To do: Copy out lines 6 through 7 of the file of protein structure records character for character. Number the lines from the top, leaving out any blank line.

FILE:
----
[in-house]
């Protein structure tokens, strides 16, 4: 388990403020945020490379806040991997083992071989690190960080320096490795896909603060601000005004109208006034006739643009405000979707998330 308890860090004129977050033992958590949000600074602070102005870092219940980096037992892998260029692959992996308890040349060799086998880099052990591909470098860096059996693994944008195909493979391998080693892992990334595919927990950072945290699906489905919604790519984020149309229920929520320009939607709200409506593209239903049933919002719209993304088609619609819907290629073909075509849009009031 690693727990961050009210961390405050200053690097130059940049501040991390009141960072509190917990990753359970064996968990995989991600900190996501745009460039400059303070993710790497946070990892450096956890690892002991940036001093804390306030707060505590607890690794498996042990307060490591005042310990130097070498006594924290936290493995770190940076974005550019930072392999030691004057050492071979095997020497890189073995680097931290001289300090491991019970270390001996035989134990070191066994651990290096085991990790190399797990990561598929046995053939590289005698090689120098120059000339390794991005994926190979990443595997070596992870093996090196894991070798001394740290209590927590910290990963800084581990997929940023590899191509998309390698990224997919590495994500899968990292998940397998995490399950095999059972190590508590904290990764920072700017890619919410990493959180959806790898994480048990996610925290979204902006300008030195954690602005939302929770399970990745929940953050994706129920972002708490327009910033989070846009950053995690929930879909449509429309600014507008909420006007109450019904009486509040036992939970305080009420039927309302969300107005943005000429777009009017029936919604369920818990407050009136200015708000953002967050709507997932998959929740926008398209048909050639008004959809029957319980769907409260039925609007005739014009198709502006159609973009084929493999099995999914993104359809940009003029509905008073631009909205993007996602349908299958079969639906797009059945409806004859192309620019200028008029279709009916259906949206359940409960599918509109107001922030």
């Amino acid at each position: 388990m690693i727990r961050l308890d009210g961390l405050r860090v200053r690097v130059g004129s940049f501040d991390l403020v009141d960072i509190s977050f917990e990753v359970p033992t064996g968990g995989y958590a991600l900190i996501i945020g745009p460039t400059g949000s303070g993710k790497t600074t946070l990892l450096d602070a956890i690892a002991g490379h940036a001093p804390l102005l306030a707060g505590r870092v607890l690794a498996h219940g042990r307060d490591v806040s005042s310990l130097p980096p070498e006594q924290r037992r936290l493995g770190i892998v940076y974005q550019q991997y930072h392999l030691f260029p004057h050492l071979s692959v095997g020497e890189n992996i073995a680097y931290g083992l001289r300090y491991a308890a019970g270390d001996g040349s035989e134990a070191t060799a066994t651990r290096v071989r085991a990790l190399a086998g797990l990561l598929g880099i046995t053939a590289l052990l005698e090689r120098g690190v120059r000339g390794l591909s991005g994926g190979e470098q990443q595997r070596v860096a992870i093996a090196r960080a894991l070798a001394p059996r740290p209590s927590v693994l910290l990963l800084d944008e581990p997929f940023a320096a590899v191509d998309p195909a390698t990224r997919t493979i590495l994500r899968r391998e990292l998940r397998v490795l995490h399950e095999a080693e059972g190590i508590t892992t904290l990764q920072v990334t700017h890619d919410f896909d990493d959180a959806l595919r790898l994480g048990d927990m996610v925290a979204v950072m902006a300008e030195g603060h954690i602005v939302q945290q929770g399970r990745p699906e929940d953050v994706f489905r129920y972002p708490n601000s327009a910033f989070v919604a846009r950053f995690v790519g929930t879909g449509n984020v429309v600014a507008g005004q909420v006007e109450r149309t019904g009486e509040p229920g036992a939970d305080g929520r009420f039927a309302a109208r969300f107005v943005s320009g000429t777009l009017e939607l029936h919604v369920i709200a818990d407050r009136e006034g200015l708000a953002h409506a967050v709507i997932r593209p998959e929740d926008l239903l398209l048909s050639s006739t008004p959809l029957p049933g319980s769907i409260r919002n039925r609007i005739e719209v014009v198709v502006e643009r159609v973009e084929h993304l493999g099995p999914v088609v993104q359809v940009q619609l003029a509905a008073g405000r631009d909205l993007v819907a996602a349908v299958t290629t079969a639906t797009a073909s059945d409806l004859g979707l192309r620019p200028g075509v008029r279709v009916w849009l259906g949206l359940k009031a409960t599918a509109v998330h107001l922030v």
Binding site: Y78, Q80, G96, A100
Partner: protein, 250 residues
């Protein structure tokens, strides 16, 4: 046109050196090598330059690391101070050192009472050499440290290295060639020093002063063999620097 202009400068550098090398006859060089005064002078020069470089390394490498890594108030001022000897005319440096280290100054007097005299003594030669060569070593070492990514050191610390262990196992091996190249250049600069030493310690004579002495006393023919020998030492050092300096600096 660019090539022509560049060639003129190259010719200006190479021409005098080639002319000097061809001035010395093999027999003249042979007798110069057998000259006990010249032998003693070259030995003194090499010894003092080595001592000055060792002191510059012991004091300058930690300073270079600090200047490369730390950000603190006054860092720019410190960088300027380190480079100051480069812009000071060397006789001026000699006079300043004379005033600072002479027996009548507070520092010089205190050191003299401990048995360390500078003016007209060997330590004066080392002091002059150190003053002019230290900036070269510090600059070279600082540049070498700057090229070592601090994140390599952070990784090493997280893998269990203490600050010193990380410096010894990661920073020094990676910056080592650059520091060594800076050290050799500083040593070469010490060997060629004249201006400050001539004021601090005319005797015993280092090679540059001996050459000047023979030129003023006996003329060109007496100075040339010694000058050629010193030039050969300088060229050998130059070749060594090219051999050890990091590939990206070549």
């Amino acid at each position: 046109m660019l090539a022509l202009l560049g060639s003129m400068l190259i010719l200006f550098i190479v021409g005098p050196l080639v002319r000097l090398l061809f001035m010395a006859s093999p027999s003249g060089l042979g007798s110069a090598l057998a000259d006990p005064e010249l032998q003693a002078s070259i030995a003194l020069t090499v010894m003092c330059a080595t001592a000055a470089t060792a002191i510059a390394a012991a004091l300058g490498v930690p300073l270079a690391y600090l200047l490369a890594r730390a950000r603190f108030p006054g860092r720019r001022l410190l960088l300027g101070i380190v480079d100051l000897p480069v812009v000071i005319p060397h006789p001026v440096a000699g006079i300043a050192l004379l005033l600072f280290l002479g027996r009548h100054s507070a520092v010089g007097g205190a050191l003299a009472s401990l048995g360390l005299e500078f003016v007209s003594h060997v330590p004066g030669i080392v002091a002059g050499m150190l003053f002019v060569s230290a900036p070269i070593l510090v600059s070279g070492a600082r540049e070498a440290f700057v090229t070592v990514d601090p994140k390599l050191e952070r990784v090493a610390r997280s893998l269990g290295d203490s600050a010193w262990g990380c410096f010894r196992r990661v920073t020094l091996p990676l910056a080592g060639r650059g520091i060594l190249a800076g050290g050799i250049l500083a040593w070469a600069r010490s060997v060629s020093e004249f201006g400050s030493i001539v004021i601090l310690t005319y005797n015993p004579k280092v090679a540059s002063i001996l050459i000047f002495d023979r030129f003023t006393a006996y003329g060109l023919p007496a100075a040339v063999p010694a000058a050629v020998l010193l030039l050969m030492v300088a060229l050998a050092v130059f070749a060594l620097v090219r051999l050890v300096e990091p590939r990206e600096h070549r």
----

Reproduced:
């Protein structure tokens, strides 16, 4: 046109050196090598330059690391101070050192009472050499440290290295060639020093002063063999620097 202009400068550098090398006859060089005064002078020069470089390394490498890594108030001022000897005319440096280290100054007097005299003594030669060569070593070492990514050191610390262990196992091996190249250049600069030493310690004579002495006393023919020998030492050092300096600096 660019090539022509560049060639003129190259010719200006190479021409005098080639002319000097061809001035010395093999027999003249042979007798110069057998000259006990010249032998003693070259030995003194090499010894003092080595001592000055060792002191510059012991004091300058930690300073270079600090200047490369730390950000603190006054860092720019410190960088300027380190480079100051480069812009000071060397006789001026000699006079300043004379005033600072002479027996009548507070520092010089205190050191003299401990048995360390500078003016007209060997330590004066080392002091002059150190003053002019230290900036070269510090600059070279600082540049070498700057090229070592601090994140390599952070990784090493997280893998269990203490600050010193990380410096010894990661920073020094990676910056080592650059520091060594800076050290050799500083040593070469010490060997060629004249201006400050001539004021601090005319005797015993280092090679540059001996050459000047023979030129003023006996003329060109007496100075040339010694000058050629010193030039050969300088060229050998130059070749060594090219051999050890990091590939990206070549």
């Amino acid at each position: 046109m660019l090539a022509l202009l560049g060639s003129m400068l190259i010719l200006f550098i190479v021409g005098p050196l080639v002319r000097l090398l061809f001035m010395a006859s093999p027999s003249g060089l042979g007798s110069a090598l057998a000259d006990p005064e010249l032998q003693a002078s070259i030995a003194l020069t090499v010894m003092c330059a080595t001592a000055a470089t060792a002191i510059a390394a012991a004091l300058g490498v930690p300073l270079a690391y600090l200047l490369a890594r730390a950000r603190f108030p006054g860092r720019r001022l410190l960088l300027g101070i380190v480079d100051l000897p480069v812009v000071i005319p060397h006789p001026v440096a000699g006079i300043a050192l004379l005033l600072f280290l002479g027996r009548h100054s507070a520092v010089g007097g205190a050191l003299a009472s401990l048995g360390l005299e500078f003016v007209s003594h060997v330590p004066g030669i080392v002091a002059g050499m150190l003053f002019v060569s230290a900036p070269i070593l510090v600059s070279g070492a600082r540049e070498a440290f700057v090229t070592v990514d601090p994140k390599l050191e952070r990784v090493a610390r997280s893998l269990g290295d203490s600050a010193w262990g990380c410096f010894r196992r990661v920073t020094l091996p990676l910056a080592g060639r650059g520091i060594l190249a800076g050290g050799i250049l500083a040593w070469a600069r010490s060997v060629s020093e004249f201006g400050s030493i001539v004021i601090l310690t005319y005797n015993p004579k280092v090679a540059s002063i001996l050459i000047f002495d023979r030129f003023t006393a006996y003329g060109l023919p007496a100075a040339v063999p010694a000058a050629v020998l010193l030039l050969m030492v300088a060229l050998a050092v130059f070749a060594l620097v090219r051999l050890v300096e990091p590939r990206e600096h070549r």